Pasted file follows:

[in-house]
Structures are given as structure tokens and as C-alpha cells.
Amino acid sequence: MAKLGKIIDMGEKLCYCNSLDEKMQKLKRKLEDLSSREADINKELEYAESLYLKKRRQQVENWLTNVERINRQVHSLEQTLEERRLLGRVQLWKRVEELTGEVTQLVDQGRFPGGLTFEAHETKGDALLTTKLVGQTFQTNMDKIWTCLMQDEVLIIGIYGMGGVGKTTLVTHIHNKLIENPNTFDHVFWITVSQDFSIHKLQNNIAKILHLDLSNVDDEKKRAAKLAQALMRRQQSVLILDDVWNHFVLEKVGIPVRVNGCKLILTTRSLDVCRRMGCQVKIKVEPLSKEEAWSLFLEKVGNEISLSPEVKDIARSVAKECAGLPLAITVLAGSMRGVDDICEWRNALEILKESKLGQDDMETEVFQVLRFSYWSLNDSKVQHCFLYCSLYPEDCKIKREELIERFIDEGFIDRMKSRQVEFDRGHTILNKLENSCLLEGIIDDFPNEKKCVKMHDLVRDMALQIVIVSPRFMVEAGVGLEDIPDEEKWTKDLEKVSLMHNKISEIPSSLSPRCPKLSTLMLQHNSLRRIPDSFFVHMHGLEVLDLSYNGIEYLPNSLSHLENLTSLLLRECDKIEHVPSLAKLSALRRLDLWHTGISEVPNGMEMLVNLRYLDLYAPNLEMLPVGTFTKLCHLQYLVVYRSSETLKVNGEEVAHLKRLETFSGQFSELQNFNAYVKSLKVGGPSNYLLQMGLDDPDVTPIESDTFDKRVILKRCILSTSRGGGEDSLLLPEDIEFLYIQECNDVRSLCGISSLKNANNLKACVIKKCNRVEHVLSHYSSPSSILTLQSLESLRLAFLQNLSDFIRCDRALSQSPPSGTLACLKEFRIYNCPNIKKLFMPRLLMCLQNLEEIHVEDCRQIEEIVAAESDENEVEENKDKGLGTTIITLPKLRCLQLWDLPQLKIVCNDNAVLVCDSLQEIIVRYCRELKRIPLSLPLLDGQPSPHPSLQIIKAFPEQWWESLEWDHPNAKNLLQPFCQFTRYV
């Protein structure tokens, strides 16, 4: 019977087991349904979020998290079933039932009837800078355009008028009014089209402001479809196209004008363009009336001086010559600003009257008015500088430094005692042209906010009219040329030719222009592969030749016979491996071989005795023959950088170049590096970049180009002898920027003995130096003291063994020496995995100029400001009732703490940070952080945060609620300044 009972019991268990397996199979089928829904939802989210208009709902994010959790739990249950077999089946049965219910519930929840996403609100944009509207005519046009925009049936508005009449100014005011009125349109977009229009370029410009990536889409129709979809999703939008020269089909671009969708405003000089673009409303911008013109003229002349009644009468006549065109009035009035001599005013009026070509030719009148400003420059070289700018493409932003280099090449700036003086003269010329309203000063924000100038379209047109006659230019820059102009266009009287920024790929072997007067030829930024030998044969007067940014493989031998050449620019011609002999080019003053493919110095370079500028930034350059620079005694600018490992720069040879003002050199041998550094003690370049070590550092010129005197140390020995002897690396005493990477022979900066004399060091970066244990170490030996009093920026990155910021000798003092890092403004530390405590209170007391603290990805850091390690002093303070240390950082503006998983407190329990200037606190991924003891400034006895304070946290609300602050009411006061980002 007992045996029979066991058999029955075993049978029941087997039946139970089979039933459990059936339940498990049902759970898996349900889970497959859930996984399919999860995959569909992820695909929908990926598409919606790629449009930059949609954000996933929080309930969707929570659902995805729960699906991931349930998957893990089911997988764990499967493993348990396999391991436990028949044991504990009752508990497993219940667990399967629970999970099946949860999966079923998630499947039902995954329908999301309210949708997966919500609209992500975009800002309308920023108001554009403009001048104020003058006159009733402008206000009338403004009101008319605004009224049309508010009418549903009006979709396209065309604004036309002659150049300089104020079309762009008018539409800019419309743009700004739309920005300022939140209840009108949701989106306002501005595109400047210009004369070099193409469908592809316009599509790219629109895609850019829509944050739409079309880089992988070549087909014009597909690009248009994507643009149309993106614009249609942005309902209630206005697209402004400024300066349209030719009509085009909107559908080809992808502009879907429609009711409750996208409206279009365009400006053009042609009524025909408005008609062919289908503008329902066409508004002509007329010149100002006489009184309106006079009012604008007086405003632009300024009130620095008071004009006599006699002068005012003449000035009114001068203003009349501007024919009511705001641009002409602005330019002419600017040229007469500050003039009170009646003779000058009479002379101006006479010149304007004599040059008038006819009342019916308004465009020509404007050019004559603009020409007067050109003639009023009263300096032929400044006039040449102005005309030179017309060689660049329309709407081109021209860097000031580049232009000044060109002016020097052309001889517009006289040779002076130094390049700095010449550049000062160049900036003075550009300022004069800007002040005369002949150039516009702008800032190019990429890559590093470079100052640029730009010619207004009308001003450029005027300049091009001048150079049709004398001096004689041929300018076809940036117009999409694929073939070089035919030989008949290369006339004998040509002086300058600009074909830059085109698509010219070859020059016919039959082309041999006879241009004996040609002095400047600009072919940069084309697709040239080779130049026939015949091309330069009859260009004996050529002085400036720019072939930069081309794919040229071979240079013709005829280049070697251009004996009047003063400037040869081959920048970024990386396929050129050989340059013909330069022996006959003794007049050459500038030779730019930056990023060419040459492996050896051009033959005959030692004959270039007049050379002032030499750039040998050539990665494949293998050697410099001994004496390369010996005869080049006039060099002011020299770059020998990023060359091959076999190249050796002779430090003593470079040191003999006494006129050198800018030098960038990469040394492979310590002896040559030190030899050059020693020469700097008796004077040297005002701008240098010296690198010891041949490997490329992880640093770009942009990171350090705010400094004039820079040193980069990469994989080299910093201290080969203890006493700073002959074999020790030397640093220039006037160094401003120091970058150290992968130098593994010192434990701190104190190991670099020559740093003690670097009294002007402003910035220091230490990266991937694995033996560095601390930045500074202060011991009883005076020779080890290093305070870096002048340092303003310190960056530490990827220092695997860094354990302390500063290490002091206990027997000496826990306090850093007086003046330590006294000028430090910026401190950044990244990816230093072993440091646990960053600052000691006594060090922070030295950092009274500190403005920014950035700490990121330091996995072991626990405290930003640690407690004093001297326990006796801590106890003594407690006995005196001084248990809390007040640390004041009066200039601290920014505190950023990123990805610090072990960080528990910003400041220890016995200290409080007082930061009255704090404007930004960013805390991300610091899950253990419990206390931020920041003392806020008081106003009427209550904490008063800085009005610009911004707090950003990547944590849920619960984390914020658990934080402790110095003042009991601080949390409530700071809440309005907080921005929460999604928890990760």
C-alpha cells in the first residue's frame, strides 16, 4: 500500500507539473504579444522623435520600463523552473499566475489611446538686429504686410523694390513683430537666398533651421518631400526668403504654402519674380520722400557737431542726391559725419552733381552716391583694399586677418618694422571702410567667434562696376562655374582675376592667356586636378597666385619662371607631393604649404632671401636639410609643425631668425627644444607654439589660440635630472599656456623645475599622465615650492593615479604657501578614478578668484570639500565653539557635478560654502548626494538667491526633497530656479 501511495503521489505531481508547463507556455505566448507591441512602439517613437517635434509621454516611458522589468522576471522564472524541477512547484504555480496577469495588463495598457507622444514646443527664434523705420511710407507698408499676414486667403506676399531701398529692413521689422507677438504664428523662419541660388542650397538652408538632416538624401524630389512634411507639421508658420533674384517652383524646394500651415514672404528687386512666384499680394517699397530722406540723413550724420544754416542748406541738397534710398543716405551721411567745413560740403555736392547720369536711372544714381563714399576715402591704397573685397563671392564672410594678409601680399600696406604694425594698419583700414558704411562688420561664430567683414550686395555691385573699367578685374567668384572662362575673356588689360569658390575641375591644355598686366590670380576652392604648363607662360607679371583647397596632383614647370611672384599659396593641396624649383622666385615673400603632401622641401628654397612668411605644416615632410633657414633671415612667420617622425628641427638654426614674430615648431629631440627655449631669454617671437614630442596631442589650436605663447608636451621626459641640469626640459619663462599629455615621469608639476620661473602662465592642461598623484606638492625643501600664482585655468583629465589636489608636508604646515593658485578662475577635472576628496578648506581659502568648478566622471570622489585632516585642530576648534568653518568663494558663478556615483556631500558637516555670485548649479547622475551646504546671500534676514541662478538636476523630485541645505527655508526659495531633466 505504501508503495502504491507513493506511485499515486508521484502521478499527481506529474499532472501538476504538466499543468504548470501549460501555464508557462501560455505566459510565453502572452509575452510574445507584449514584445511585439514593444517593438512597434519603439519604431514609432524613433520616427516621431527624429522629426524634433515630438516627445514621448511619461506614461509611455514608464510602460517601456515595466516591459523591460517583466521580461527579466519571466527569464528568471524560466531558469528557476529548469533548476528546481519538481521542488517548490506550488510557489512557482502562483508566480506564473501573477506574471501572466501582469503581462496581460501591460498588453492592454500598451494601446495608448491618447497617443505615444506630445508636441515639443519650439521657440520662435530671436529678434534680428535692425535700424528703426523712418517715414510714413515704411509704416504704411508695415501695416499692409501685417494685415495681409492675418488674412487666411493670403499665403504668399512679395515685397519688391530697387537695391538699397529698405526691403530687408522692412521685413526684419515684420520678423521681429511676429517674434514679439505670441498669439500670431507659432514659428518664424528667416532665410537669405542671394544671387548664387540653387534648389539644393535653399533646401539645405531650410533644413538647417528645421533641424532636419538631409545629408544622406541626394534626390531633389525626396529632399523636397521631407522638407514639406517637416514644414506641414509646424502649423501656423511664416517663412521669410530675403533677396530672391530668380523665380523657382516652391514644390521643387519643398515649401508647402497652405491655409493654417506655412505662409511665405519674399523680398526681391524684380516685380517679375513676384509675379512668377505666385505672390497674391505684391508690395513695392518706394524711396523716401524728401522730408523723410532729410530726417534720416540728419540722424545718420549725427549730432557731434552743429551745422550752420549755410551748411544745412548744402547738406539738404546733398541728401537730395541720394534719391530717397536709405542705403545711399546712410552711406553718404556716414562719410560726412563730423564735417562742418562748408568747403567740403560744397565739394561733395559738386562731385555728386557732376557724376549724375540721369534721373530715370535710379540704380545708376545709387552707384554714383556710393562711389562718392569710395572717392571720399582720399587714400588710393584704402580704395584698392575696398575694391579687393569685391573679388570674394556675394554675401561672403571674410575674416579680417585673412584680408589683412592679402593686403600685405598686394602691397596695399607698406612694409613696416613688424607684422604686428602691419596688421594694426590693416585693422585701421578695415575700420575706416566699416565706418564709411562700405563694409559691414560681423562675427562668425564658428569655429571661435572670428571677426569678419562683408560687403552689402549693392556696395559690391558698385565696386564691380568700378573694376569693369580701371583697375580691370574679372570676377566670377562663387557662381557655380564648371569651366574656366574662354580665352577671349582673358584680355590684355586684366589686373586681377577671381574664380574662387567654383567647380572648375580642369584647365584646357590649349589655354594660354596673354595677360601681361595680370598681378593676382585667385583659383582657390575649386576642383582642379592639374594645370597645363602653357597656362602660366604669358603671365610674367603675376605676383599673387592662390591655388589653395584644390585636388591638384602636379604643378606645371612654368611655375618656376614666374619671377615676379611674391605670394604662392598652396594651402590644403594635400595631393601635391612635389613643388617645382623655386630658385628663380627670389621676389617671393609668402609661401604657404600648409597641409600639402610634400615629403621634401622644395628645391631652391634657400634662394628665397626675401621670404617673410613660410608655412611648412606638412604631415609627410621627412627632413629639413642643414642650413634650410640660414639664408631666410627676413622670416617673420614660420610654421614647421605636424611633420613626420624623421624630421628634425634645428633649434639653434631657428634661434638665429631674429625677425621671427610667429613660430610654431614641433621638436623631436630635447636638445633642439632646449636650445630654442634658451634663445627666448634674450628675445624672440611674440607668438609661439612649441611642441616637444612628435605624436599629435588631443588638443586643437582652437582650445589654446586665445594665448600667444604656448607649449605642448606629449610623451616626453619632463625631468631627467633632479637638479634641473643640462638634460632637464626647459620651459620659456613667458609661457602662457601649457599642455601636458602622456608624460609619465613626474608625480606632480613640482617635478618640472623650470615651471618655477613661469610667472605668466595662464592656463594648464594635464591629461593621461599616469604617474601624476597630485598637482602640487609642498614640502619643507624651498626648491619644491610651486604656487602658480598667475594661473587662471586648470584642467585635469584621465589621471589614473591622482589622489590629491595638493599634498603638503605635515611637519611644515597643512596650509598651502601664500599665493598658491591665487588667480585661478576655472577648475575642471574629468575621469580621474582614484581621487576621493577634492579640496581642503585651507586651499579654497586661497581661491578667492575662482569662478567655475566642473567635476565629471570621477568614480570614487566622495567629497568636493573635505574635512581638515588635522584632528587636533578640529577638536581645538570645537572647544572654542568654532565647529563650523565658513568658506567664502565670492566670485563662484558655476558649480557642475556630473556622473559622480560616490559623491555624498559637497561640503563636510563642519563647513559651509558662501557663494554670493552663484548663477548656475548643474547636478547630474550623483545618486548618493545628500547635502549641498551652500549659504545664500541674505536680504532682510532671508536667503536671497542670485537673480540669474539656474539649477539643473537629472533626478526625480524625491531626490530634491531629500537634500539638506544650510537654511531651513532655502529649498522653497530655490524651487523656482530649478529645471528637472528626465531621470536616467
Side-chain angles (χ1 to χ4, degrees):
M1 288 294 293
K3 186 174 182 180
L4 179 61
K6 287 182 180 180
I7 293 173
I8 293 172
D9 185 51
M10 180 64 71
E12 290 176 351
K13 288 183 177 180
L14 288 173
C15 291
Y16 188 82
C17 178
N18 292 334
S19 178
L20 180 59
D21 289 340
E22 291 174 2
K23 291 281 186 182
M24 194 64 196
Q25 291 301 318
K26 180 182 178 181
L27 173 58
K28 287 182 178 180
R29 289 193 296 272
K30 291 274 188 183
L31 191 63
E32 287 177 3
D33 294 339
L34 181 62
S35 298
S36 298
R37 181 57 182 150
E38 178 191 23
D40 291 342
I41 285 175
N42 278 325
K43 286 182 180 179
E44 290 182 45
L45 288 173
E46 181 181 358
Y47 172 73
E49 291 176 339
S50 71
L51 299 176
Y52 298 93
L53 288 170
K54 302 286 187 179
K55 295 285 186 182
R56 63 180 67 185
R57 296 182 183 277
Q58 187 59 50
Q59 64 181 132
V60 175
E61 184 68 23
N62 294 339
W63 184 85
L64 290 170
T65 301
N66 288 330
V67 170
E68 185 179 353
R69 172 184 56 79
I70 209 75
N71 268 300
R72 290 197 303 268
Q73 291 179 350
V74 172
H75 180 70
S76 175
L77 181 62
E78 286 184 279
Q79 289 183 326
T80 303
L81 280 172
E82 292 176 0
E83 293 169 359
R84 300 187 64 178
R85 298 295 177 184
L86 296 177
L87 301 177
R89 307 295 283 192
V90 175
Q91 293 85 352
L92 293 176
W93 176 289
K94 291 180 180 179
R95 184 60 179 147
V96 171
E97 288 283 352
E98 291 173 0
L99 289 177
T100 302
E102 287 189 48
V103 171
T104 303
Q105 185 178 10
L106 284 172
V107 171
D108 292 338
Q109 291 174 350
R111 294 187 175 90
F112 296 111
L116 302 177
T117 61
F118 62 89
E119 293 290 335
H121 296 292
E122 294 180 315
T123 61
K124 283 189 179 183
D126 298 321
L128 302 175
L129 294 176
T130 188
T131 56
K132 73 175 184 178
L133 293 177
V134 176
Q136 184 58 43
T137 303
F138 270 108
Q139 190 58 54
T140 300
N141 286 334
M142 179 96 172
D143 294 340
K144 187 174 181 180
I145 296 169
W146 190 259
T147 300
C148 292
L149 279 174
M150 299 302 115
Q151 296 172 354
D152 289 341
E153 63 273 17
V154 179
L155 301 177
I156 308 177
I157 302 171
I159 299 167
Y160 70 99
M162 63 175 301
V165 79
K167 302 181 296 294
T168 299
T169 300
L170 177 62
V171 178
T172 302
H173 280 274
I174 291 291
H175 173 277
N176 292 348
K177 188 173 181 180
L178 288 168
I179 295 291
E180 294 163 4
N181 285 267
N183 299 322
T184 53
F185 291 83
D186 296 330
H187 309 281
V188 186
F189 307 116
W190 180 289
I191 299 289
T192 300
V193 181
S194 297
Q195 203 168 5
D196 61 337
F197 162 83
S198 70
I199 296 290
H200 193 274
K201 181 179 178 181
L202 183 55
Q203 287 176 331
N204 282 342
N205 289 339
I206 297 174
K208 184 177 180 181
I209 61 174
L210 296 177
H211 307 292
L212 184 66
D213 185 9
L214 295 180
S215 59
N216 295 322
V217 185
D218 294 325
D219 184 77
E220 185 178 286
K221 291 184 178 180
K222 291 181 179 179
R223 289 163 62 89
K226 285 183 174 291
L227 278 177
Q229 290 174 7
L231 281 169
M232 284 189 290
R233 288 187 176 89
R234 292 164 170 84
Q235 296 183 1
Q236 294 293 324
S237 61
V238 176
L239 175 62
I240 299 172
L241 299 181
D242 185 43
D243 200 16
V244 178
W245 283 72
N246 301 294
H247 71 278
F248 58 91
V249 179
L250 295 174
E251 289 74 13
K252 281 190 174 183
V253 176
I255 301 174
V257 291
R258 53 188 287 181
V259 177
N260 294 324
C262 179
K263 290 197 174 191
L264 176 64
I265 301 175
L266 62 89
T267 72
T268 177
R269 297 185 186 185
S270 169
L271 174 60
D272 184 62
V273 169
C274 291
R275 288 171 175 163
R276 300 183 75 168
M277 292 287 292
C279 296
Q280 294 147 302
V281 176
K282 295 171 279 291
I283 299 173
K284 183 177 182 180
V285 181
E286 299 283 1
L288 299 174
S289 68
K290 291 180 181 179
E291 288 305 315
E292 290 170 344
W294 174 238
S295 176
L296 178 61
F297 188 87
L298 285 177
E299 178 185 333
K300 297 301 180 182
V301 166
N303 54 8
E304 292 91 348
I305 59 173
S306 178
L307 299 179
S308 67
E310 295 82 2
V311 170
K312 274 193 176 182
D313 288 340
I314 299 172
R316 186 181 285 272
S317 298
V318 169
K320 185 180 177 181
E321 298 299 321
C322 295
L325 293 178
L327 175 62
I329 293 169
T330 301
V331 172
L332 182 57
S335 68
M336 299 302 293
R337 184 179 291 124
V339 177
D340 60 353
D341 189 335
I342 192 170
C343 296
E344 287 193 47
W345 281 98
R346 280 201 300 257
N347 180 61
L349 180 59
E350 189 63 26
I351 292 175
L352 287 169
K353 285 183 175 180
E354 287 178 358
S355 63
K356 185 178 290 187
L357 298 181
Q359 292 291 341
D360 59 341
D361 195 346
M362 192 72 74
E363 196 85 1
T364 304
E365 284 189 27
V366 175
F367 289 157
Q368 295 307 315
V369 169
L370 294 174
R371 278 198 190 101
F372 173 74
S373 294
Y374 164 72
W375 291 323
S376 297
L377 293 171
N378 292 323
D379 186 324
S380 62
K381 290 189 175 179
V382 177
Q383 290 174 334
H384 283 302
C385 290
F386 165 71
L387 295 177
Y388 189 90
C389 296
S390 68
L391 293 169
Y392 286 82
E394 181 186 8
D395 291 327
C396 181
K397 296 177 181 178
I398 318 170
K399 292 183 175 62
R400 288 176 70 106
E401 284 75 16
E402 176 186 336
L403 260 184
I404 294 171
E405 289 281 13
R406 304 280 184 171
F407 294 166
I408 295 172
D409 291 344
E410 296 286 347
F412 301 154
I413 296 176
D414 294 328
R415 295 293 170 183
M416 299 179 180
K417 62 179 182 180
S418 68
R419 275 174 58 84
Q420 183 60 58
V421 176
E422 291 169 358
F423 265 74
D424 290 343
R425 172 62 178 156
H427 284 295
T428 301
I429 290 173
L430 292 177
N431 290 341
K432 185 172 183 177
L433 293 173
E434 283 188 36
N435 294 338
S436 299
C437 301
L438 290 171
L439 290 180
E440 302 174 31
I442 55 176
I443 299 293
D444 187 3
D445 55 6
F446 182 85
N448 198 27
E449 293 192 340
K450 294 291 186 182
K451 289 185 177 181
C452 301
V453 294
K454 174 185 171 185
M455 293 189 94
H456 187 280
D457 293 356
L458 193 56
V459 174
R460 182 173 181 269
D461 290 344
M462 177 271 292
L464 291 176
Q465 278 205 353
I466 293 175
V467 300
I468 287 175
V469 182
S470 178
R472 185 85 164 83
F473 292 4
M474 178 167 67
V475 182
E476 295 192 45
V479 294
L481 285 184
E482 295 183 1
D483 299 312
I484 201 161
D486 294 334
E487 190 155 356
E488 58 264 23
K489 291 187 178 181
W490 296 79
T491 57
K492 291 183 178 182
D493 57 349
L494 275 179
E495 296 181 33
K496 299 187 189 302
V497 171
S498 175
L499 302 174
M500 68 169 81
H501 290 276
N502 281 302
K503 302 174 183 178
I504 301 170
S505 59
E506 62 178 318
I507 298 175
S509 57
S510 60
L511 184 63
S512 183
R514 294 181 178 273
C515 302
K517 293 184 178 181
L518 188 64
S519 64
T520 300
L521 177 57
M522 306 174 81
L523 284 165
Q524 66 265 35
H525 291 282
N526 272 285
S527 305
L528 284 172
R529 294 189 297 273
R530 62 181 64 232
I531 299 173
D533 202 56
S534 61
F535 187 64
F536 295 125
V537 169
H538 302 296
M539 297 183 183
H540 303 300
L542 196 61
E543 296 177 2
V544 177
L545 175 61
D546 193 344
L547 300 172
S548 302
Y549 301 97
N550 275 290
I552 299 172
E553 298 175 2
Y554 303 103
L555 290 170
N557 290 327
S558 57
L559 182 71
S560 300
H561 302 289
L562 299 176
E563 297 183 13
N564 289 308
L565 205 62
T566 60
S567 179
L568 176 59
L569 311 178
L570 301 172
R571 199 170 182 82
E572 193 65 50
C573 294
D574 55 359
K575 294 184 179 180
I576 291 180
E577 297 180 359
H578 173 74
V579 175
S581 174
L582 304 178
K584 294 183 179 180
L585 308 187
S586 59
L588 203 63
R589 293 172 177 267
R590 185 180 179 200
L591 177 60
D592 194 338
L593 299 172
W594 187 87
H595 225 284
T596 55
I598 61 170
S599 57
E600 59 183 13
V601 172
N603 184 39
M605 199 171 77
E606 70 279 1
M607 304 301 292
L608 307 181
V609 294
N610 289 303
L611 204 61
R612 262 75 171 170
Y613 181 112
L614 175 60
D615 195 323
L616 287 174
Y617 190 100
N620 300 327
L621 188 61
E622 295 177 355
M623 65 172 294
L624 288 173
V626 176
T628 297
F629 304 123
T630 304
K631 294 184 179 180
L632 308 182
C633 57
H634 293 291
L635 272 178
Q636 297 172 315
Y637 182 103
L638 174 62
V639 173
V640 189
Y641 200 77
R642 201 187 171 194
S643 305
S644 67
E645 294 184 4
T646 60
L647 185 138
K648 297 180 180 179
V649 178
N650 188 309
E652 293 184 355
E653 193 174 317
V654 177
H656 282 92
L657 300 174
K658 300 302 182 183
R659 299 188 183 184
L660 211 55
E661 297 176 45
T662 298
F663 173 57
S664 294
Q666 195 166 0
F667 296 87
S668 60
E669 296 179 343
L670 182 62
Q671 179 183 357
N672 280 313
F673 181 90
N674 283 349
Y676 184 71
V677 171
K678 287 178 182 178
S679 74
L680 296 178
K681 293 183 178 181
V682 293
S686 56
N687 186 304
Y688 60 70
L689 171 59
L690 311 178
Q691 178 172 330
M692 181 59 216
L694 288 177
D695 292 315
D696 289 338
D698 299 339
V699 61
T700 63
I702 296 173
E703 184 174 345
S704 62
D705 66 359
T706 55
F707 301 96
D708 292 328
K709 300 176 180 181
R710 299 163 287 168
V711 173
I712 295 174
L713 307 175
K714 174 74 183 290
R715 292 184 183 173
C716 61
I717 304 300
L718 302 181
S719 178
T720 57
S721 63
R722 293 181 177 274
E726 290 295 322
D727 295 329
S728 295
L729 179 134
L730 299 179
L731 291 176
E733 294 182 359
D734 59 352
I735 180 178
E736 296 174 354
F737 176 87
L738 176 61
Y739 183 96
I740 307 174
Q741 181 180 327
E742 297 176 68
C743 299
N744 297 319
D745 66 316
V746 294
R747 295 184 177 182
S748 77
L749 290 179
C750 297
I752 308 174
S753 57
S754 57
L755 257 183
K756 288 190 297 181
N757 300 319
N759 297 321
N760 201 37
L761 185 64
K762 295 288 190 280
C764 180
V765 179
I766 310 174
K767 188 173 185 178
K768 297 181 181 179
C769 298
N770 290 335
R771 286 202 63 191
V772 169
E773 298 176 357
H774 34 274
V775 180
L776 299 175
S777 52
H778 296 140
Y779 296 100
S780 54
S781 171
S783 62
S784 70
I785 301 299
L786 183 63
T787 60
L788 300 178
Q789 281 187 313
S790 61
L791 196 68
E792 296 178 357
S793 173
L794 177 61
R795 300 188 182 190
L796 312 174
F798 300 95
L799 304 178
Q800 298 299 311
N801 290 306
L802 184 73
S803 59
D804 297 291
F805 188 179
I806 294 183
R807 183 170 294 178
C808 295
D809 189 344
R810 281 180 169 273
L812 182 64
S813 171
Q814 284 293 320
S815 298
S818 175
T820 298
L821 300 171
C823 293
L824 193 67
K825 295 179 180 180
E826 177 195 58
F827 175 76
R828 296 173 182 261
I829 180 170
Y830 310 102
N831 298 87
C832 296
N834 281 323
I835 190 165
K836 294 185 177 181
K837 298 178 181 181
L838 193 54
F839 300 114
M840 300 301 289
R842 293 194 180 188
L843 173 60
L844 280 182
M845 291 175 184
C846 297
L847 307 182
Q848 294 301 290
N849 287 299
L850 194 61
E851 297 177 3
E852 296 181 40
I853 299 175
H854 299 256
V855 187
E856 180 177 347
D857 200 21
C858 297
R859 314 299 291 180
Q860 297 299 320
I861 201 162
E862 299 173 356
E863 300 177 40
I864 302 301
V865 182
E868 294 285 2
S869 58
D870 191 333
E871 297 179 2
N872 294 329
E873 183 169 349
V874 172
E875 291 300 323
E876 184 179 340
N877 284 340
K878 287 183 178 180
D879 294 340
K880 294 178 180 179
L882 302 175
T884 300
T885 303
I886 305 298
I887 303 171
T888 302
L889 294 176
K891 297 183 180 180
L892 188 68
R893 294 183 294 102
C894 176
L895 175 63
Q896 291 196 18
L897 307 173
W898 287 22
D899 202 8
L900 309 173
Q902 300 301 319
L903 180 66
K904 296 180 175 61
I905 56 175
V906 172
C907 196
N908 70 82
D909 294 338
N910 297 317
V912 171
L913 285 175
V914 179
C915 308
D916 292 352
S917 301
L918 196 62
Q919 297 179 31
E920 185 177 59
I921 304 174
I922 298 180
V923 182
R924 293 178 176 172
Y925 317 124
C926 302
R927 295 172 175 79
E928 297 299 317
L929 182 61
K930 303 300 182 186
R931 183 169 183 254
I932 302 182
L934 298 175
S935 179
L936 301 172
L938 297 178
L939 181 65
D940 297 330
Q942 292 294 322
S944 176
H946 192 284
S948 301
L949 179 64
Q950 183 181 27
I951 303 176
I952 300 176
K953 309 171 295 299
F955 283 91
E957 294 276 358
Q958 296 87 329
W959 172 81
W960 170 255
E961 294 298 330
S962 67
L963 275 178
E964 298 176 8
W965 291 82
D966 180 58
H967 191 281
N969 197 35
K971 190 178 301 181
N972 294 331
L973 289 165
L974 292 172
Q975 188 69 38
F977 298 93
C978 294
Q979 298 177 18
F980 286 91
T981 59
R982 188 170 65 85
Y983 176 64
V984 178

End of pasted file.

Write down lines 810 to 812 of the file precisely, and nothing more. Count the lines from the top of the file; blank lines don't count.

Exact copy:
D909 294 338
N910 297 317
V912 171